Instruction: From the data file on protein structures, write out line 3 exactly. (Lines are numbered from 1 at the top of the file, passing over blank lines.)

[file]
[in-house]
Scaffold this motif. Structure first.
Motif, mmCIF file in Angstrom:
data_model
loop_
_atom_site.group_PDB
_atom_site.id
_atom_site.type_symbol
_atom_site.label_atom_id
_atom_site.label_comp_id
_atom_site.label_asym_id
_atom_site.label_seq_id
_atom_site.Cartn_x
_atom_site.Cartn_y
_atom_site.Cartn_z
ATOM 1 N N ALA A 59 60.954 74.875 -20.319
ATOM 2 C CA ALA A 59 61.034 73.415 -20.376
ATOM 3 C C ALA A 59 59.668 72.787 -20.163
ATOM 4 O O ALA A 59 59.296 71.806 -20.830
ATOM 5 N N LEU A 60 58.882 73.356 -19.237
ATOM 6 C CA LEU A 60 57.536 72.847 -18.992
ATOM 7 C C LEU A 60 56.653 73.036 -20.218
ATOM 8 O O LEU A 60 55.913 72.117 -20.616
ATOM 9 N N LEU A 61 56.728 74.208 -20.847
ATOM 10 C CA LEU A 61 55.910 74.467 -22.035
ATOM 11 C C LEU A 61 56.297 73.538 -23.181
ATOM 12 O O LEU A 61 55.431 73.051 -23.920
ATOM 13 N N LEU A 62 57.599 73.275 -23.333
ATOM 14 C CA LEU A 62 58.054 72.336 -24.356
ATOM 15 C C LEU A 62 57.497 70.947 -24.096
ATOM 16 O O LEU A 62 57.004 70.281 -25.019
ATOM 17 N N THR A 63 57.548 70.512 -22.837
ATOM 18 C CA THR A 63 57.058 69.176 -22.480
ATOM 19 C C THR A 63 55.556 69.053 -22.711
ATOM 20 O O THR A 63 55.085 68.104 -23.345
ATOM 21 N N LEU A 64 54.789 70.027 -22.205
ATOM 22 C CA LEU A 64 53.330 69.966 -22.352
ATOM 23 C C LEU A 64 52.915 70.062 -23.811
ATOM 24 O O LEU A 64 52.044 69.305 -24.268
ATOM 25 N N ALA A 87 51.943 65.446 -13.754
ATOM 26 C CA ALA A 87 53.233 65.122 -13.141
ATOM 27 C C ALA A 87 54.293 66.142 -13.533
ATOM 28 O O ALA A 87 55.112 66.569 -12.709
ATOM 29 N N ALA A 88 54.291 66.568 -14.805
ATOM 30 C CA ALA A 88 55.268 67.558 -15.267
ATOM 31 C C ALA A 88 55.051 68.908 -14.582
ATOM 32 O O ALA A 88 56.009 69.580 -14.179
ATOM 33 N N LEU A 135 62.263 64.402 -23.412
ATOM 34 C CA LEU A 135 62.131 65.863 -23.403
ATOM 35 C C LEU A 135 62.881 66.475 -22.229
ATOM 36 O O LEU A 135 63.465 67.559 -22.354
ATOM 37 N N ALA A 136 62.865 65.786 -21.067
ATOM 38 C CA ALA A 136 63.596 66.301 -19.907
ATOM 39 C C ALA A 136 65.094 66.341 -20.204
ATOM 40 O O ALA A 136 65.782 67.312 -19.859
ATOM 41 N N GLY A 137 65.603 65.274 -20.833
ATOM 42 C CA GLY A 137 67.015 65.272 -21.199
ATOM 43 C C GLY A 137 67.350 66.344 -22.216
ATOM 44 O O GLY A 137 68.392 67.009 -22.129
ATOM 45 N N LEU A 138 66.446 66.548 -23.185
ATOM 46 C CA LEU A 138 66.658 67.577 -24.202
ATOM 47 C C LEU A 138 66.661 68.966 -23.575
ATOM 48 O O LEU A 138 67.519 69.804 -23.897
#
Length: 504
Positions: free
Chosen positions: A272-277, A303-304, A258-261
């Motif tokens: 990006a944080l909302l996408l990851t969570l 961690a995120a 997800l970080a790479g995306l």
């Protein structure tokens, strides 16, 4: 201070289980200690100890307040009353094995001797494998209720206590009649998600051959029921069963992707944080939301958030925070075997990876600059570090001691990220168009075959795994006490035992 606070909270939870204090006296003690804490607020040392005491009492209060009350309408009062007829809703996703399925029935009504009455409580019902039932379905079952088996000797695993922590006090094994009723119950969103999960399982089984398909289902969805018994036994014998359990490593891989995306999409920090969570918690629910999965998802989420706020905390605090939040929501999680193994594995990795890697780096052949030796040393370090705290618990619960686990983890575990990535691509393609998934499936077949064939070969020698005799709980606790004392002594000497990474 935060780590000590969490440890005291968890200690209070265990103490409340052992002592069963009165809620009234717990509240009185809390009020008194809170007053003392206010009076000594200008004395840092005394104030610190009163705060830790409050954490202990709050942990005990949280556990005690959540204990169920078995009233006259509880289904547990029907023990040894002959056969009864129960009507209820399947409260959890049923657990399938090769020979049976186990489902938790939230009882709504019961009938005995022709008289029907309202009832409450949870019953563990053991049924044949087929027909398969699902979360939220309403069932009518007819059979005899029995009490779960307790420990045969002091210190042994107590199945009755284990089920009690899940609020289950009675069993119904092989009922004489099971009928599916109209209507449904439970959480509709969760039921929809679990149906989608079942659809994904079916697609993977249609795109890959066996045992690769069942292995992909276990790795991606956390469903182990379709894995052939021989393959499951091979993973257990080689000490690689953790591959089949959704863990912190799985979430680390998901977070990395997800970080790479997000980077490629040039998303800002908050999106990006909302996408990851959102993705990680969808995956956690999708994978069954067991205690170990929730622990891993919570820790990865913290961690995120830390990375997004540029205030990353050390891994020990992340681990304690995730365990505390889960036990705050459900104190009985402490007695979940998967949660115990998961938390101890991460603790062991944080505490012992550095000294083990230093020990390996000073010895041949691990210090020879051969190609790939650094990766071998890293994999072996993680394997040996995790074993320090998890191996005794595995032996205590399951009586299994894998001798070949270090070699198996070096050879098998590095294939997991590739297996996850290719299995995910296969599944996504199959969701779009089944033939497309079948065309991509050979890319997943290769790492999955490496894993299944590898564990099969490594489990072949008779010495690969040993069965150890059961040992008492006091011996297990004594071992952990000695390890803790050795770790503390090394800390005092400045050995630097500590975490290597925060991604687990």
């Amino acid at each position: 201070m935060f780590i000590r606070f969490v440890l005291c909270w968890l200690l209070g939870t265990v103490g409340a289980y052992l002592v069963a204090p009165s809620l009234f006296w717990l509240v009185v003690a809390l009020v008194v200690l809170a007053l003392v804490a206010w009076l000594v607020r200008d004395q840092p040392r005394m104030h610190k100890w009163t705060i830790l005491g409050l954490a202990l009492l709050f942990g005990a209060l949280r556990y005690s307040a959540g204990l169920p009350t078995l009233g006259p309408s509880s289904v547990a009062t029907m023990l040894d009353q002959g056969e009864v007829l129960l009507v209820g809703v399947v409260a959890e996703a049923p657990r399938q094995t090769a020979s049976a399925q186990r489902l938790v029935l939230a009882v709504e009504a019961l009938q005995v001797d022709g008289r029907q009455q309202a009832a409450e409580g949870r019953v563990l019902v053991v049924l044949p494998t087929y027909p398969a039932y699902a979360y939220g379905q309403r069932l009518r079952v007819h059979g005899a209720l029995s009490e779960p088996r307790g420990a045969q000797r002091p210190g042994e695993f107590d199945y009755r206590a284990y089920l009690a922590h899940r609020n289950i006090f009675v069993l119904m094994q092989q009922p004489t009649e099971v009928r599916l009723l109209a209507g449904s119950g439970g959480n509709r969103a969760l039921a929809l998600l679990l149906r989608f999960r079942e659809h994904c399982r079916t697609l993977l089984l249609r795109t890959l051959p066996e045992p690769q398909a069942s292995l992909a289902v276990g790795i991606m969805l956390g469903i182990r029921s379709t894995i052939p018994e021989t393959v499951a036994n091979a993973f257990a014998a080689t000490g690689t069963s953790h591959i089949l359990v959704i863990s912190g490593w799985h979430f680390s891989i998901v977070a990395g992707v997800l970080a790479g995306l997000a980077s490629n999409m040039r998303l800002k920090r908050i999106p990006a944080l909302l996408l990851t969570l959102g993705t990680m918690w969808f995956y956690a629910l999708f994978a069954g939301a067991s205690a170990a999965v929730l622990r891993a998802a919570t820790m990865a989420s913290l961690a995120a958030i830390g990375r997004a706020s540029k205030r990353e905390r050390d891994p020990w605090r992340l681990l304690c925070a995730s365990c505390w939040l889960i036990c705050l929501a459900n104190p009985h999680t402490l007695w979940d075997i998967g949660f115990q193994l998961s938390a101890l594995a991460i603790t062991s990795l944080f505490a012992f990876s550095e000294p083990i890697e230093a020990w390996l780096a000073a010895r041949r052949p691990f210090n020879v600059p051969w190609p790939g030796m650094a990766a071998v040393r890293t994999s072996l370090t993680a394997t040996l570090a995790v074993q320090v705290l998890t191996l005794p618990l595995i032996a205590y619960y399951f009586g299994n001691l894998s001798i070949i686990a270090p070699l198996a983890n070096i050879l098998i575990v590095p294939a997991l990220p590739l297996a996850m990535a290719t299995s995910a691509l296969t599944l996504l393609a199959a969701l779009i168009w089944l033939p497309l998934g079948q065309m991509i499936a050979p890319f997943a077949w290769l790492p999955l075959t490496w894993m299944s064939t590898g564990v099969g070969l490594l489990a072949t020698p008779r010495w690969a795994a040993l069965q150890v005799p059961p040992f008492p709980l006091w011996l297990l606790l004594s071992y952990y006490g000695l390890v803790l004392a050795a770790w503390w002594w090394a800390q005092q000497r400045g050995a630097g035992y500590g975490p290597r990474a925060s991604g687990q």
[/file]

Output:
Motif, mmCIF file in Angstrom: